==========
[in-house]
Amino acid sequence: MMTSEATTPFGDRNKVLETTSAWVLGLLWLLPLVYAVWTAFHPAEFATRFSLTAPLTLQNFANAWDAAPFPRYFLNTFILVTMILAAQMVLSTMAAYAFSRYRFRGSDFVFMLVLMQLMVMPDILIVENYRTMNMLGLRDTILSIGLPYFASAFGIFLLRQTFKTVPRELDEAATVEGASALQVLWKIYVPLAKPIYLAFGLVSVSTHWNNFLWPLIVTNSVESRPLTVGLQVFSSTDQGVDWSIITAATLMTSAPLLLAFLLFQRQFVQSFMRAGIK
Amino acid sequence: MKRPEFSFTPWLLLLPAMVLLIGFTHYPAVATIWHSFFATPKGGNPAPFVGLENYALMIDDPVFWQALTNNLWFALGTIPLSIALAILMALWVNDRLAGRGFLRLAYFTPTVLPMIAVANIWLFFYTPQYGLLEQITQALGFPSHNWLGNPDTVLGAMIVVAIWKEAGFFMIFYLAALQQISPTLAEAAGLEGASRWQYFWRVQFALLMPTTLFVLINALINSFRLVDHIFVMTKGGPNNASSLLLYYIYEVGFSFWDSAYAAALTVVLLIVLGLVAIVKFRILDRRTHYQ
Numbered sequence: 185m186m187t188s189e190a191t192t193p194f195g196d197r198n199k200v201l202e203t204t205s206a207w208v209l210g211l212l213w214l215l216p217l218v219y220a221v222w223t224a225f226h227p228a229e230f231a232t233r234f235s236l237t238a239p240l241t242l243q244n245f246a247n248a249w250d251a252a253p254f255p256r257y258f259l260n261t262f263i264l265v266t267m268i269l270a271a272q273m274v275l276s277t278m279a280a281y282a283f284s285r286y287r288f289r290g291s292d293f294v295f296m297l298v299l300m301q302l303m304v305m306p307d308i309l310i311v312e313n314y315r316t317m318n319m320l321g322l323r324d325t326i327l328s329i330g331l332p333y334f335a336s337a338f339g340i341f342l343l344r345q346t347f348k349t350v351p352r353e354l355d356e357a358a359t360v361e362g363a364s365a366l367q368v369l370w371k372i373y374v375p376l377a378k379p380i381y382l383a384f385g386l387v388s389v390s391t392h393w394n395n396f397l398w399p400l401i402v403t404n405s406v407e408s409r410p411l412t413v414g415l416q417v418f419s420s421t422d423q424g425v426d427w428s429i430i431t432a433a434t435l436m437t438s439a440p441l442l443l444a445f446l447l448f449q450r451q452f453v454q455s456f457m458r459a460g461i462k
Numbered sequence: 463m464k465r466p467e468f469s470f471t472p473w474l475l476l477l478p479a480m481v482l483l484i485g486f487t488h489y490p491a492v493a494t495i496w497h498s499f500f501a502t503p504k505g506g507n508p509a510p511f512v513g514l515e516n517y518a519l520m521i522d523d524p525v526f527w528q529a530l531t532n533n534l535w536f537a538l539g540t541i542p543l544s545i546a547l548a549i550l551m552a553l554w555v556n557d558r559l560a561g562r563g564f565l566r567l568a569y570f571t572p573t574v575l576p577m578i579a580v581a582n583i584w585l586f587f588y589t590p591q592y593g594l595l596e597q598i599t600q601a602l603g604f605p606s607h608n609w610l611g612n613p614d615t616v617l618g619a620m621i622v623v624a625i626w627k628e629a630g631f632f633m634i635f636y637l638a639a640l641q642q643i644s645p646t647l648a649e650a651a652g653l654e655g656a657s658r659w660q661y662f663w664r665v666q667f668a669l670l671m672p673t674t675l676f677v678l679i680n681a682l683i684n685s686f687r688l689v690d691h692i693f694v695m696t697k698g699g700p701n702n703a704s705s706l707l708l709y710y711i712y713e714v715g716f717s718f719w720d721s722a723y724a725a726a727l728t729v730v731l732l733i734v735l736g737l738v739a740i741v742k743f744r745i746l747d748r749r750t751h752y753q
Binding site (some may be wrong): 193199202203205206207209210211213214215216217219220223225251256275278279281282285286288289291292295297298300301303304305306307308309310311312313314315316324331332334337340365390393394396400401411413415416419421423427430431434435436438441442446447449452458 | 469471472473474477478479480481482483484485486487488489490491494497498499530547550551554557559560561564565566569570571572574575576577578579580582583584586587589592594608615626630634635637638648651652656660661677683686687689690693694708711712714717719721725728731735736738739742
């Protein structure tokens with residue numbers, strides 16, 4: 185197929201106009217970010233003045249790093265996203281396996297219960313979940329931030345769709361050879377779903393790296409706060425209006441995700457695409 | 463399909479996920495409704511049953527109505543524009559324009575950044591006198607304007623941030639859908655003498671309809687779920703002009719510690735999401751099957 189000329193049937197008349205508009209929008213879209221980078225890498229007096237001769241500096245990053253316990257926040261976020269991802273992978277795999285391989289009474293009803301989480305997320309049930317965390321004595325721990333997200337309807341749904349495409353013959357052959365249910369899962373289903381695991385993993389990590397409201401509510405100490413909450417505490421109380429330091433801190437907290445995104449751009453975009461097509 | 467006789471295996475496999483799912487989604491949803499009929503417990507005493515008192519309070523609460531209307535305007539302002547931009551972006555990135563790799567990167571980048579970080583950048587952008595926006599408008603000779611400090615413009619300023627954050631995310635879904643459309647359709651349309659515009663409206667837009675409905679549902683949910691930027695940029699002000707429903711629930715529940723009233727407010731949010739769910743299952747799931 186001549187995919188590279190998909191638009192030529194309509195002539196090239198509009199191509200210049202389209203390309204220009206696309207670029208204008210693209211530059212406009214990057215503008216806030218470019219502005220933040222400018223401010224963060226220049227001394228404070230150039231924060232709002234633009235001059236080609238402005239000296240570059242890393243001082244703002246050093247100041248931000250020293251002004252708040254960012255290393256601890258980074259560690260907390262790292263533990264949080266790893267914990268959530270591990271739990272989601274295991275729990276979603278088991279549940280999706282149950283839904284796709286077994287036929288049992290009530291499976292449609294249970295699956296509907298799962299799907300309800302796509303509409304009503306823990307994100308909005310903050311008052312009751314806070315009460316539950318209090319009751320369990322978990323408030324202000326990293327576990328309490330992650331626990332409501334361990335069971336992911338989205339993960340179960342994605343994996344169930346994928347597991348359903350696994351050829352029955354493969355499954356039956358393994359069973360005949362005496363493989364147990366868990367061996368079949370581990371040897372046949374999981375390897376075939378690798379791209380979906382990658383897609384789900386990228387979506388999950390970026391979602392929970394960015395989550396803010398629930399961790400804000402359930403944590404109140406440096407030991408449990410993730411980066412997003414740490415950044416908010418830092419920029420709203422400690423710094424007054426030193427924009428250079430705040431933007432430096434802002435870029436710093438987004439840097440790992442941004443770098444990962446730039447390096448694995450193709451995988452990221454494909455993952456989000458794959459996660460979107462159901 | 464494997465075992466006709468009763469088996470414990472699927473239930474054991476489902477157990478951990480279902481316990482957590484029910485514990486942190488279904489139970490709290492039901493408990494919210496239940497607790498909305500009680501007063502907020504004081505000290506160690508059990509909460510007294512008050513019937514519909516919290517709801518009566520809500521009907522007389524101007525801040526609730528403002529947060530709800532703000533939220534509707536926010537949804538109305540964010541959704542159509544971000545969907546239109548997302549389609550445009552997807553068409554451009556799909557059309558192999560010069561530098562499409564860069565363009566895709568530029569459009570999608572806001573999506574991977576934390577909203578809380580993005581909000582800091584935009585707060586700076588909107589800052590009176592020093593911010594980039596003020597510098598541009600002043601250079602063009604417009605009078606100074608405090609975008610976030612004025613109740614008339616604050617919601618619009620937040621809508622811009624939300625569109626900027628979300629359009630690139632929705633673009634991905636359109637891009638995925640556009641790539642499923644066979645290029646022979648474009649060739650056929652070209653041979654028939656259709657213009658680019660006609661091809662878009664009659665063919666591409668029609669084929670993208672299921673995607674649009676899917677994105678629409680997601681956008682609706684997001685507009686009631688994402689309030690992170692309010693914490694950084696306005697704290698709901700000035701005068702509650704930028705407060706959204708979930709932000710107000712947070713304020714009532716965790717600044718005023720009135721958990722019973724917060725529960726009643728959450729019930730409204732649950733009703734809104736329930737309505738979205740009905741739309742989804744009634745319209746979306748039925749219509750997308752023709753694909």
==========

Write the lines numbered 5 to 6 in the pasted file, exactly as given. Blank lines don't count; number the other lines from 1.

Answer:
Numbered sequence: 463m464k465r466p467e468f469s470f471t472p473w474l475l476l477l478p479a480m481v482l483l484i485g486f487t488h489y490p491a492v493a494t495i496w497h498s499f500f501a502t503p504k505g506g507n508p509a510p511f512v513g514l515e516n517y518a519l520m521i522d523d524p525v526f527w528q529a530l531t532n533n534l535w536f537a538l539g540t541i542p543l544s545i546a547l548a549i550l551m552a553l554w555v556n557d558r559l560a561g562r563g564f565l566r567l568a569y570f571t572p573t574v575l576p577m578i579a580v581a582n583i584w585l586f587f588y589t590p591q592y593g594l595l596e597q598i599t600q601a602l603g604f605p606s607h608n609w610l611g612n613p614d615t616v617l618g619a620m621i622v623v624a625i626w627k628e629a630g631f632f633m634i635f636y637l638a639a640l641q642q643i644s645p646t647l648a649e650a651a652g653l654e655g656a657s658r659w660q661y662f663w664r665v666q667f668a669l670l671m672p673t674t675l676f677v678l679i680n681a682l683i684n685s686f687r688l689v690d691h692i693f694v695m696t697k698g699g700p701n702n703a704s705s706l707l708l709y710y711i712y713e714v715g716f717s718f719w720d721s722a723y724a725a726a727l728t729v730v731l732l733i734v735l736g737l738v739a740i741v742k743f744r745i746l747d748r749r750t751h752y753q
Binding site (some may be wrong): 193199202203205206207209210211213214215216217219220223225251256275278279281282285286288289291292295297298300301303304305306307308309310311312313314315316324331332334337340365390393394396400401411413415416419421423427430431434435436438441442446447449452458 | 469471472473474477478479480481482483484485486487488489490491494497498499530547550551554557559560561564565566569570571572574575576577578579580582583584586587589592594608615626630634635637638648651652656660661677683686687689690693694708711712714717719721725728731735736738739742